James M Cain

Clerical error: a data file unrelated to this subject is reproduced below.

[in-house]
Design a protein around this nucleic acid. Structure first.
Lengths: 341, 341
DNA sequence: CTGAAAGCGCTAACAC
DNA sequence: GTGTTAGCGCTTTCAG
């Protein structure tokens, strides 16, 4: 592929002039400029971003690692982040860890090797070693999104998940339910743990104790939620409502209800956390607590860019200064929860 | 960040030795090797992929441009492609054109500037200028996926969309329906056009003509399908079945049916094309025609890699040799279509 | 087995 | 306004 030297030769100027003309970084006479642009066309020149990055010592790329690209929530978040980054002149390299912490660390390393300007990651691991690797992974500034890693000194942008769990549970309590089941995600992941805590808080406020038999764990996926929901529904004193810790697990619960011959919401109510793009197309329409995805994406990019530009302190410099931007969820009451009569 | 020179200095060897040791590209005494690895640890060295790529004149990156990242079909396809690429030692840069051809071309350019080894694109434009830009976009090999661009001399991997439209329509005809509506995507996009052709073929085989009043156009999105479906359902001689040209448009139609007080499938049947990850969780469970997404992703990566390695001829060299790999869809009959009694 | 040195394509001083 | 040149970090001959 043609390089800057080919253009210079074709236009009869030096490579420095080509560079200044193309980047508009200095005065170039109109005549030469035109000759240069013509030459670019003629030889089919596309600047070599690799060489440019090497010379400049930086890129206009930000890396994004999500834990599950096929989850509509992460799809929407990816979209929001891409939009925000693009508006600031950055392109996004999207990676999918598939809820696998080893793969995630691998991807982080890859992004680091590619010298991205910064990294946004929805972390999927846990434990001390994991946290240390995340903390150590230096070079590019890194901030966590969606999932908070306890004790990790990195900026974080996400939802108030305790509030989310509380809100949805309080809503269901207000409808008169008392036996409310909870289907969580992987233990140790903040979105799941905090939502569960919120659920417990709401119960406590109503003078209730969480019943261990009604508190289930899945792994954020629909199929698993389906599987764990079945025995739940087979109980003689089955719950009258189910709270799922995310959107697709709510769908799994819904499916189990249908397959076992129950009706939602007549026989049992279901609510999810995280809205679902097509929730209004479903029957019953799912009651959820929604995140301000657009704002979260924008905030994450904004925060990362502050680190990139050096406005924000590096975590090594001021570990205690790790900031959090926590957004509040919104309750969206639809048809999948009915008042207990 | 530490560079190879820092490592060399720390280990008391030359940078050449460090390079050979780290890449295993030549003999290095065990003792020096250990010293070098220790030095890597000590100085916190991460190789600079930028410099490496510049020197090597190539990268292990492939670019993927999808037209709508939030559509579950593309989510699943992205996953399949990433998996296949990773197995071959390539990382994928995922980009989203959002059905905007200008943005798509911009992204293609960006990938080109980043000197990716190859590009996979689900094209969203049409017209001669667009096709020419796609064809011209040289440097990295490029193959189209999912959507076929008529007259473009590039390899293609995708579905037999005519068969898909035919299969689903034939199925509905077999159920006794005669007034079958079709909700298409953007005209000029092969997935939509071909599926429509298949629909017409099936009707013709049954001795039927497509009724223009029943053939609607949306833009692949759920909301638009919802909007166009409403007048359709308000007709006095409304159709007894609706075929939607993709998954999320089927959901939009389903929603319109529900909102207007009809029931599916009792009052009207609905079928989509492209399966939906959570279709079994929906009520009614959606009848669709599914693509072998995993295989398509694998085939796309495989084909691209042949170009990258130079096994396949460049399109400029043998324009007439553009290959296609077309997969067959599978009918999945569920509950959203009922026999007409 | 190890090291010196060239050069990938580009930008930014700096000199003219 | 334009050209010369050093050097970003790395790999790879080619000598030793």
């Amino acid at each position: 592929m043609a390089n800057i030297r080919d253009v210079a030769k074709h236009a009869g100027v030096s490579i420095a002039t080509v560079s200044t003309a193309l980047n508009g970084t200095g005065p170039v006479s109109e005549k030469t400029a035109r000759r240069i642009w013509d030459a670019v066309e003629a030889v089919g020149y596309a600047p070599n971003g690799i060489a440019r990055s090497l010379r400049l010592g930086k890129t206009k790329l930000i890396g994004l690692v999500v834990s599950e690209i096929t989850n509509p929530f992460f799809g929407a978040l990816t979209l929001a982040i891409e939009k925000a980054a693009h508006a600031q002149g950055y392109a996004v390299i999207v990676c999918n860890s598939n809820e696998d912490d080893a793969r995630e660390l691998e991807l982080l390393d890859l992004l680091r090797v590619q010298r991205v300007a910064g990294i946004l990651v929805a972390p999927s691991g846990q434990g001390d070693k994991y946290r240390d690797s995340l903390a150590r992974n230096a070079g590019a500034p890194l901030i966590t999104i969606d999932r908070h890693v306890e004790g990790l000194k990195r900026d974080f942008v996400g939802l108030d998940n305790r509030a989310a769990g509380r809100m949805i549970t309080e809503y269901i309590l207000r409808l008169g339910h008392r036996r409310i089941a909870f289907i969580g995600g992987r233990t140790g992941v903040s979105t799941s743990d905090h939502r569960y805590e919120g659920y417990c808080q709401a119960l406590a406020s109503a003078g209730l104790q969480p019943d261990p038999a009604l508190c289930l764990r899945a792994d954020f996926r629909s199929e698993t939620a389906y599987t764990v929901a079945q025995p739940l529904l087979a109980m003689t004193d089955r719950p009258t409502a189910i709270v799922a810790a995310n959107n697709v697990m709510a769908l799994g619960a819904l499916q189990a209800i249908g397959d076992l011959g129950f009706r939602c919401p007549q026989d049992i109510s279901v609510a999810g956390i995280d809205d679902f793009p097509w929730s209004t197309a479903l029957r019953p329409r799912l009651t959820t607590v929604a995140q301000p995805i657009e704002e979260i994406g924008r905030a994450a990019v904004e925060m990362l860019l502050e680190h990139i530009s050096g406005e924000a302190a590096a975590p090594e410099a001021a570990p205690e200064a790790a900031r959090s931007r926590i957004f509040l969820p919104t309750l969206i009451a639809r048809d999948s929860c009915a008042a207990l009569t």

Though he disavowed any association with the hardboiled or noir style of writing, author James M. Cain was one of its leading architects. His best novels, which included <i>The Postman Always Rings Twice</i>, <i>Mildred Pierce</i> and <i>Double Indemnity</i>, helped to establish the tenets of the style in both novel and film form through stories of outsiders and misfits whose interactions with each other, spurred largely through sex or greed, ultimately lead to their destruction. Cain's lean prose, which was fraught with lust and violence, became a favorite source for Hollywood noir, and some of the best films of the genre were based on his work, including the 1946 version of "Postman," Billy Wilder's "Double Indemnity" (1944), and 1945's "Mildred Pierce" with Joan Crawford. Cain continued to publish well into the 1970s, though his subsequent novels lacked the blood and fire of his best titles, which kept him in print for decades after their release, and ensured his place among the great thriller writers of the 20th century.